Urban Cinefile
"I had a two man hang glider in which I would fly, but the insurance people wouldn't let me, so I thought of a glider"  -Sir David Attenborough (85) on shooting a scene for Flying Monsters 3D
 The World of Film in Australia - on the Internet Updated Thursday October 3, 2019 

Printable page PRINTABLE PAGE



SYNOPSIS: In the Belier family everyone is deaf except dutiful 16 year old Paula (Louane Emera) who acts as the indispensable translator for her parents and younger brother Quentin (Luca Gelberg). But her close bond to her family is challenged with the discovery of an extraordinary talent for music.

Review by Louise Keller:
Original and in perfect pitch with its audience, The Belier Family is a charmer. What is wonderful about the film is that we immediately engage with the characters, laughing WITH rather than AT them, despite the fact that everyone is the family is deaf, except for 16 year old Paula (Louane Emera, in a stunning film debut). Promoted as France's Number 1 film of the year, the film soars by grace of its wonderful screenplay, grounded firmly in everyday reality, dealing with issues large and small. The starting point for the humour smorgasbord is the situation comedy that is central to the narrative. This is compounded by the clever use of slapstick that evolves naturally through the circumstances. The icing on the cake is the rich poignancy that acts as a counterpoint, turning our laughter into tears. It's a real crowd pleaser; a film you will not forget.

When the film begins, we quickly understand how much the whole family relies on Paula - to translate between their silent worlds and that of everyone else. Life is chaotic in the farm house where the family lives, with communications a mix of animated sign language and Paula's verbalisations. The scene at the markets, where the family sells their cheeses is very funny, in that it is an example of efficient teamwork: Paula's mother Gigi (Karin Viard, hilarious) smiles at customers, her brother Quentin (Luca Gelberg) takes the cash while Paula communicates. Rodolphe's (Francois Damiens) decision to run for Mayor (triggered by the insufferable, patronizing mayor seeking re-election - played by Stˇphan Wojtowicz) is one that does not surprise the rest of his family, never imagining that the fact he is deaf might be a disadvantage. I chuckled at the irony of the slogan printed on his election poster: 'I am listening.'

Paula's selection into the school choir is a major plot point and Fabien Thomasson (Eric Elmosnino), the choir master is a hoot. 'Singing is your personal septic system' he tells his students. Watch out for the scene when Gabriel (Ilian Bergala), the Parisien boy on whom Paula has a crush comes to the farm to rehearse their duet, not realizing her family is deaf. There are no shortages of surprises and the film is filled with priceless moments.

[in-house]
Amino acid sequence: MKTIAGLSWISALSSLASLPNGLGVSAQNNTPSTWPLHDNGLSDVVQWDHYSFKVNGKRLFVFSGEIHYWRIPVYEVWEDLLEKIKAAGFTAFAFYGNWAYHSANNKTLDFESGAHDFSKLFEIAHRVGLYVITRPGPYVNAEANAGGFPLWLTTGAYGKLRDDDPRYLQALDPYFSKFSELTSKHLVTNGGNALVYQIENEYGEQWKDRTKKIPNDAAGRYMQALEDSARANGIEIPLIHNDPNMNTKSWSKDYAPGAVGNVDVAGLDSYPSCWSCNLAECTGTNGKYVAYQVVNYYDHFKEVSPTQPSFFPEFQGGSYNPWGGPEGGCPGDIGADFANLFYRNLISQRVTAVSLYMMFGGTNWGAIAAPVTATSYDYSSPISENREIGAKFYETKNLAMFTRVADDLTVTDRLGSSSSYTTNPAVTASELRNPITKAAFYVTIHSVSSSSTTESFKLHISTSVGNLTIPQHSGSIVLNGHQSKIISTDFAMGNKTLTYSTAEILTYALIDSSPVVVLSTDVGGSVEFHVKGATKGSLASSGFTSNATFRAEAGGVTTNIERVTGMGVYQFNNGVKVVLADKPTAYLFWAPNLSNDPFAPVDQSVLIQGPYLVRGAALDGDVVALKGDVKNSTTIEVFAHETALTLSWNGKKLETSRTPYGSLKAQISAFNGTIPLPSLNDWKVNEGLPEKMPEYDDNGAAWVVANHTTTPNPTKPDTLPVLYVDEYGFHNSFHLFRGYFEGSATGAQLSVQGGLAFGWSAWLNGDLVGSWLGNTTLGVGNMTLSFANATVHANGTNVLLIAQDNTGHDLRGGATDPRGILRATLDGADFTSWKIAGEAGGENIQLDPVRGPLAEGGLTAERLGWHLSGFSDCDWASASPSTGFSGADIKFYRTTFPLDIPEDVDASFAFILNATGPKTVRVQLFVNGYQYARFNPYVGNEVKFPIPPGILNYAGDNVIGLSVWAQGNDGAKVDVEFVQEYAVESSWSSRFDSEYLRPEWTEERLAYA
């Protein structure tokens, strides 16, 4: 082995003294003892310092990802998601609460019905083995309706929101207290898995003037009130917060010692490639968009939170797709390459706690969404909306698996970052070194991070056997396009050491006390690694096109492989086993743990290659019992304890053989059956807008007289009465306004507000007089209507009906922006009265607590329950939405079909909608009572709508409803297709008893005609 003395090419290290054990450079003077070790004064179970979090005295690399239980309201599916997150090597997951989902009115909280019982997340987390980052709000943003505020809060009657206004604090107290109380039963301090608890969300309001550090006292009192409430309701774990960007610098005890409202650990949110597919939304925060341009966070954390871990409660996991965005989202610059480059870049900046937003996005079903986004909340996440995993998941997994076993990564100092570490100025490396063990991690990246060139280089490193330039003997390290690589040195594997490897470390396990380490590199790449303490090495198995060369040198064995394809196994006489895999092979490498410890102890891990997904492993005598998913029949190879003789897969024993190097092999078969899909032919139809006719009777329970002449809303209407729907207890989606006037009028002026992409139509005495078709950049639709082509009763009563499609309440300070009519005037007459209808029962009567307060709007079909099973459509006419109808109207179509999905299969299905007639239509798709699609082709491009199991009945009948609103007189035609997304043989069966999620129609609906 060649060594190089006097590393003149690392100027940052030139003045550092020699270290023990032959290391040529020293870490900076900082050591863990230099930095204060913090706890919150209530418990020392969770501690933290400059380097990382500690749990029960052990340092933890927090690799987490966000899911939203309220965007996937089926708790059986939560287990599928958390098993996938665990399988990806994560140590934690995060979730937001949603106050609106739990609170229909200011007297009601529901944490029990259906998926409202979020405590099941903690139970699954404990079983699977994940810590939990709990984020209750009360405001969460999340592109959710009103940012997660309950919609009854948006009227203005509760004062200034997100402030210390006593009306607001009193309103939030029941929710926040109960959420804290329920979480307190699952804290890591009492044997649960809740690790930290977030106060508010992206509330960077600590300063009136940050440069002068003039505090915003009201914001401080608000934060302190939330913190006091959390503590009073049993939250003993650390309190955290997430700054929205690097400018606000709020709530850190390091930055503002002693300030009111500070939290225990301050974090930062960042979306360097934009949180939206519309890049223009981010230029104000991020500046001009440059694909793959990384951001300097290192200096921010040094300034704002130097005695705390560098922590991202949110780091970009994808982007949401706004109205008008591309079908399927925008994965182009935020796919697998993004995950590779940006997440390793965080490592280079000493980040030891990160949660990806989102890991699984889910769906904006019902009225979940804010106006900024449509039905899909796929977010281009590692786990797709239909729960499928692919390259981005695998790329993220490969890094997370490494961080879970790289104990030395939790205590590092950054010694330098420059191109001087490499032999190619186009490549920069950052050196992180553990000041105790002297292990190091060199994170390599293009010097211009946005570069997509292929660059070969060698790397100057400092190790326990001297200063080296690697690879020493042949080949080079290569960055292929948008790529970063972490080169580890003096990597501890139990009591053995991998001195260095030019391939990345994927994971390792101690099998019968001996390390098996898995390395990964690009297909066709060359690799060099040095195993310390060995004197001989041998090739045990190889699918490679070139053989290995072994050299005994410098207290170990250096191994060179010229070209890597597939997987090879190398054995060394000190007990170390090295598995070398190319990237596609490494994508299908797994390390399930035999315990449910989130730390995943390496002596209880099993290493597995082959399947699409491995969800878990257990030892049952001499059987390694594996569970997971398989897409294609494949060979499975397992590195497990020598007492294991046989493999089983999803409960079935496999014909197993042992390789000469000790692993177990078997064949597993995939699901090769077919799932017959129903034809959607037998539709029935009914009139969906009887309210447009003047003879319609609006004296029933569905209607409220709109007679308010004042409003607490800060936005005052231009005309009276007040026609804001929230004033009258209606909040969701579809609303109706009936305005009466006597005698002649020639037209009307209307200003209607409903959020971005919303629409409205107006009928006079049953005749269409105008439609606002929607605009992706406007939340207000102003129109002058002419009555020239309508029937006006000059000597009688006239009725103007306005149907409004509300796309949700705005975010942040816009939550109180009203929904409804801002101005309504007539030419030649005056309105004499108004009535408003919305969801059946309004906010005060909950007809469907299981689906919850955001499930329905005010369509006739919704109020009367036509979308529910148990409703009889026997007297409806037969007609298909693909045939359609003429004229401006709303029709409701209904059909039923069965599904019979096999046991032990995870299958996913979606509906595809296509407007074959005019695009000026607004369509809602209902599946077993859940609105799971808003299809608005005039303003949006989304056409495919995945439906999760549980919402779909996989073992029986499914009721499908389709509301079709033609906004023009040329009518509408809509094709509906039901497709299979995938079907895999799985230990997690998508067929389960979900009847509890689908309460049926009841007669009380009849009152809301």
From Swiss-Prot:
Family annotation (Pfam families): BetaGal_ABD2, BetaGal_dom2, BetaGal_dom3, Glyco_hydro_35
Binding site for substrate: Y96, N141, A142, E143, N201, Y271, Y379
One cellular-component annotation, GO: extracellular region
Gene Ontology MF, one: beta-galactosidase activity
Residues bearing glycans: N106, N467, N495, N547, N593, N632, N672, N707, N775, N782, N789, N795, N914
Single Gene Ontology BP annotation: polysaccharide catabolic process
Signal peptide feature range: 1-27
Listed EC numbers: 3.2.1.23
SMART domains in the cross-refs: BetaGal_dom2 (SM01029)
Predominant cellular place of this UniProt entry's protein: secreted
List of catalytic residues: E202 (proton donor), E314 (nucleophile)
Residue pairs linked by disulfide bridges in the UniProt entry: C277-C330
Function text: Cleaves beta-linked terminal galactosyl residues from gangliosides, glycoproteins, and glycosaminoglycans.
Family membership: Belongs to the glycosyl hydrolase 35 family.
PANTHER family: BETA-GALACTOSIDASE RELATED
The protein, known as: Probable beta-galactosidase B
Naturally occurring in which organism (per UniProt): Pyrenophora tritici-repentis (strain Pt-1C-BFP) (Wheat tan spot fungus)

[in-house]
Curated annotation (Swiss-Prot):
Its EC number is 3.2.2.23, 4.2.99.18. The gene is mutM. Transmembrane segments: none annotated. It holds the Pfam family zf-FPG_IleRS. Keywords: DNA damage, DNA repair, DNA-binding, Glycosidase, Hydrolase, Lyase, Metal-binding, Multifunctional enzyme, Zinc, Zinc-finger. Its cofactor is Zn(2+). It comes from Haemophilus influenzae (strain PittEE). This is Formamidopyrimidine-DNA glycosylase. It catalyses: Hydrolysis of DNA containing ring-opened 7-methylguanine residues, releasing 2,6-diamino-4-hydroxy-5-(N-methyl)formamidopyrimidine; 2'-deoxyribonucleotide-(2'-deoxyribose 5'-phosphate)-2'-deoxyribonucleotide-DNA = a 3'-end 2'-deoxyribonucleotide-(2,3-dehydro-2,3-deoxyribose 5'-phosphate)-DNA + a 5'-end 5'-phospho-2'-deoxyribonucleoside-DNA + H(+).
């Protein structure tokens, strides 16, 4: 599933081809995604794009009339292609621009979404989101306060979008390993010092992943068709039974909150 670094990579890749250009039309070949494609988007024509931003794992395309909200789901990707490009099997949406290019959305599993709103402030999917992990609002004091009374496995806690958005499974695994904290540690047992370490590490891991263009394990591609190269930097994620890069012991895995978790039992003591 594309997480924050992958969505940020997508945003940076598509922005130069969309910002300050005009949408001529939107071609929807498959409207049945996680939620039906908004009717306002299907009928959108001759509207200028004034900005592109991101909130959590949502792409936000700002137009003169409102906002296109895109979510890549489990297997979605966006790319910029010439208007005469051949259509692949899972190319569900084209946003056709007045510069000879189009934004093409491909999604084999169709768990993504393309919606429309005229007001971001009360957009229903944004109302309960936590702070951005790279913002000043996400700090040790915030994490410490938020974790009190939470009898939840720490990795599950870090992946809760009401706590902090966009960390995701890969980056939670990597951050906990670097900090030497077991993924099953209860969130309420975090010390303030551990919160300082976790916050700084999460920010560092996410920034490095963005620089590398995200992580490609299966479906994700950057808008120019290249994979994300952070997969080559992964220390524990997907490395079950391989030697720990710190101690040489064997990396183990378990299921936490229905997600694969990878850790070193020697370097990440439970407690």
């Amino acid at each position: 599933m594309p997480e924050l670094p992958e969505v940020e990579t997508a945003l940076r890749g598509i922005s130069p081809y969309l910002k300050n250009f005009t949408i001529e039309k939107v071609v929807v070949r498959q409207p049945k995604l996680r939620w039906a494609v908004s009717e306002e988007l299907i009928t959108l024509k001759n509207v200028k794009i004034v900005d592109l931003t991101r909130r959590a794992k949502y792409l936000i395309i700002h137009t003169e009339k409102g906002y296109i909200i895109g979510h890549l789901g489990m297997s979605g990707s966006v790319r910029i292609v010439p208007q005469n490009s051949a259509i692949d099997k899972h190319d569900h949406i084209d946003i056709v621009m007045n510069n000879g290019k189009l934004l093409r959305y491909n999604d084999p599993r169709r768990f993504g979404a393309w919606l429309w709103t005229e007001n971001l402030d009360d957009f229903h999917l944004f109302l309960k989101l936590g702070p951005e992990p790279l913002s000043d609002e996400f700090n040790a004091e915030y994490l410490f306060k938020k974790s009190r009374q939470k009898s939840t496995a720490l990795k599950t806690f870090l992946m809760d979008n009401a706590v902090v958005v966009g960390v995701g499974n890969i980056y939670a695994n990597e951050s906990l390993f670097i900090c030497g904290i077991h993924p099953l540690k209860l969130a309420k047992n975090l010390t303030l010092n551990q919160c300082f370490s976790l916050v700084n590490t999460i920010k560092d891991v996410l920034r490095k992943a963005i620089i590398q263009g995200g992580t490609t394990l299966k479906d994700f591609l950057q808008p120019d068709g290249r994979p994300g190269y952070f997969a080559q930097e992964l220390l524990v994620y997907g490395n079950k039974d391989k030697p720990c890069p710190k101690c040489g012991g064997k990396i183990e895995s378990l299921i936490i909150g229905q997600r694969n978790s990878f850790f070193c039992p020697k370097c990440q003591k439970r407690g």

The revelations all come together in the final act when Paula spreads her wings and tries her luck singing. To reveal more would spoil the surprises, suffice to say that emotions come to the fore when you least expect it.

This is a gem of a film - don't miss it!

Review by Andrew L. Urban:
Good comedy rests on genuine dramatic foundations, a rule this film surely affirms. A family of deaf parents and a deaf son, with a daughter, Paula (Louane Emera) whose hearing is perfect - and who has 'a gold nugget' in her throat as music teacher Fabien Thomasson (Eric Elmosnino, excellent) discovers, when Paula is coerced into auditioning for the school choir. She can sing beautifully. The screenplay has plenty of fun with the elements, not least the fact that not everyone knows that the Bˇlier family is mostly deaf. But they are not disadvantaged: their dairy farm produces cheese, thanks to mum Gigi (Karin Viard), which they sell at the local market, with Paula doing the talking.

There is not a moment of playing for laughs by Thomasson as he guides, cajoles, curses and insults his student, urging them on to better things. Paula's relationship with Thomasson is one of the key strands in the film's emotional harness. Another is Paula's inevitable but stumbling and stuttering romance with Gabriel (Ilian Bergala) with whom Thomasson pairs her for a duet at the end of year school concert.

But of course, the prime relationship is the one tested by Paula's opportunity to audition in a Paris radio station for a prestigious and rare position in the opera chorus. It's her golden chance to leave the restrictions of provincial farming life ... but how can she abandon her family, for whom she is a vital link with the world, as the translator of the spoken word.

What is really loveable about the screenplay (and the direction) is how the parents are presented as vibrant (and sexually playful) characters who never feel sorry for themselves; indeed, they tend to feel sorry for those who can hear all too well.

The pace is great, the warmth of the family abundantly clear - even amidst their internal arguments - and the resolution beautifully realised as an uplifting finale to a film full of acute observations about human nature. And a superb debut by Louane Emera as Paula with the 'gold nugget' in her throat.

Email this article

Favourable: 2
Unfavourable: 0
Mixed: 0

(France, 2015)

La famille Bˇlier

CAST: Karin Viard, Francois Damiens, Eric Elmosino, Louane Emera, Roxane Duran, Ilian Bergala, Luca Gelberg, Mar Sodupe, Stˇphan Wojtowicz, Jerome Kircher, Bruno Gomilla

PRODUCER: Stˇphanie Bermann, Eric Jehelmann, Philippe Rousselet

DIRECTOR: Eric Lartigau

SCRIPT: Stanislas Carrˇ de Malberg, Victoria Bedos (adaptation Thomas Bidegain, Eric Lartigau)


EDITOR: Jennifer Augˇ

MUSIC: Evgueni Galperine, Sacha Galperina


RUNNING TIME: 106 minutes


AUSTRALIAN RELEASE: December 26, 2015 (advance screenings two weeks prior)

© Urban Cinefile 1997 - 2019